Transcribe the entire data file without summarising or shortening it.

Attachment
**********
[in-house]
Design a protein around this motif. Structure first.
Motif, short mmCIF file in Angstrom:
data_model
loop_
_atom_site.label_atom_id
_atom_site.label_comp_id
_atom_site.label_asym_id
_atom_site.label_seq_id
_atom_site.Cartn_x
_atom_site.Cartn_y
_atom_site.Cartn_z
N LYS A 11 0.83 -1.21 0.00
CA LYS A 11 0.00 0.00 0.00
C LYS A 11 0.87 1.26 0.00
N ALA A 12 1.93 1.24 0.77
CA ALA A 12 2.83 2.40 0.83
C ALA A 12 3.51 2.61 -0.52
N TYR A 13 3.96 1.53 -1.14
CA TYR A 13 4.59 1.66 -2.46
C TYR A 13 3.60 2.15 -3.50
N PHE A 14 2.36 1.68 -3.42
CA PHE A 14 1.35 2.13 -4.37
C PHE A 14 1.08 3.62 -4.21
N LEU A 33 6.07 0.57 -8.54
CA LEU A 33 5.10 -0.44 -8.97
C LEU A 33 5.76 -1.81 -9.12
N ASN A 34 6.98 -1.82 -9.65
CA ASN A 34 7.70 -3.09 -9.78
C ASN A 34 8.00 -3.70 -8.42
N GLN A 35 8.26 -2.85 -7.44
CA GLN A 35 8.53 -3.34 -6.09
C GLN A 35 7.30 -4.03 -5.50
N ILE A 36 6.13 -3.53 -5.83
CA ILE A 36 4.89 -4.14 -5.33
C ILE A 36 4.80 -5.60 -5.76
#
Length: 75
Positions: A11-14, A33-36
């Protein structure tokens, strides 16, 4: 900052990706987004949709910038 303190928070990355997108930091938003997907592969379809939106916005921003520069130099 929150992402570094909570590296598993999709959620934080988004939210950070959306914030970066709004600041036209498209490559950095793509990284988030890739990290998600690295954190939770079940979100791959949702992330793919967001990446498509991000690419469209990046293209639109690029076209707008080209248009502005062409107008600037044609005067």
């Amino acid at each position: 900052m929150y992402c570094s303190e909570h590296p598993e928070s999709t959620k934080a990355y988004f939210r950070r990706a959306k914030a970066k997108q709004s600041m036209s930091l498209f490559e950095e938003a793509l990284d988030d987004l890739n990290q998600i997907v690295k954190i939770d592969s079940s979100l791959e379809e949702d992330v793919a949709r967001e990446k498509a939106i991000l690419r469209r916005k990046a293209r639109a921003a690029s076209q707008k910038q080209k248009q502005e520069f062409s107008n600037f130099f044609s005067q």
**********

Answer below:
[in-house]
Design a protein around this motif. Structure first.
Motif, short mmCIF file in Angstrom:
data_model
loop_
_atom_site.label_atom_id
_atom_site.label_comp_id
_atom_site.label_asym_id
_atom_site.label_seq_id
_atom_site.Cartn_x
_atom_site.Cartn_y
_atom_site.Cartn_z
N LYS A 11 0.83 -1.21 0.00
CA LYS A 11 0.00 0.00 0.00
C LYS A 11 0.87 1.26 0.00
N ALA A 12 1.93 1.24 0.77
CA ALA A 12 2.83 2.40 0.83
C ALA A 12 3.51 2.61 -0.52
N TYR A 13 3.96 1.53 -1.14
CA TYR A 13 4.59 1.66 -2.46
C TYR A 13 3.60 2.15 -3.50
N PHE A 14 2.36 1.68 -3.42
CA PHE A 14 1.35 2.13 -4.37
C PHE A 14 1.08 3.62 -4.21
N LEU A 33 6.07 0.57 -8.54
CA LEU A 33 5.10 -0.44 -8.97
C LEU A 33 5.76 -1.81 -9.12
N ASN A 34 6.98 -1.82 -9.65
CA ASN A 34 7.70 -3.09 -9.78
C ASN A 34 8.00 -3.70 -8.42
N GLN A 35 8.26 -2.85 -7.44
CA GLN A 35 8.53 -3.34 -6.09
C GLN A 35 7.30 -4.03 -5.50
N ILE A 36 6.13 -3.53 -5.83
CA ILE A 36 4.89 -4.14 -5.33
C ILE A 36 4.80 -5.60 -5.76
#
Length: 75
Positions: A11-14, A33-36
């Protein structure tokens, strides 16, 4: 900052990706987004949709910038 303190928070990355997108930091938003997907592969379809939106916005921003520069130099 929150992402570094909570590296598993999709959620934080988004939210950070959306914030970066709004600041036209498209490559950095793509990284988030890739990290998600690295954190939770079940979100791959949702992330793919967001990446498509991000690419469209990046293209639109690029076209707008080209248009502005062409107008600037044609005067």
């Amino acid at each position: 900052m929150y992402c570094s303190e909570h590296p598993e928070s999709t959620k934080a990355y988004f939210r950070r990706a959306k914030a970066k997108q709004s600041m036209s930091l498209f490559e950095e938003a793509l990284d988030d987004l890739n990290q998600i997907v690295k954190i939770d592969s079940s979100l791959e379809e949702d992330v793919a949709r967001e990446k498509a939106i991000l690419r469209r916005k990046a293209r639109a921003a690029s076209q707008k910038q080209k248009q502005e520069f062409s107008n600037f130099f044609s005067q």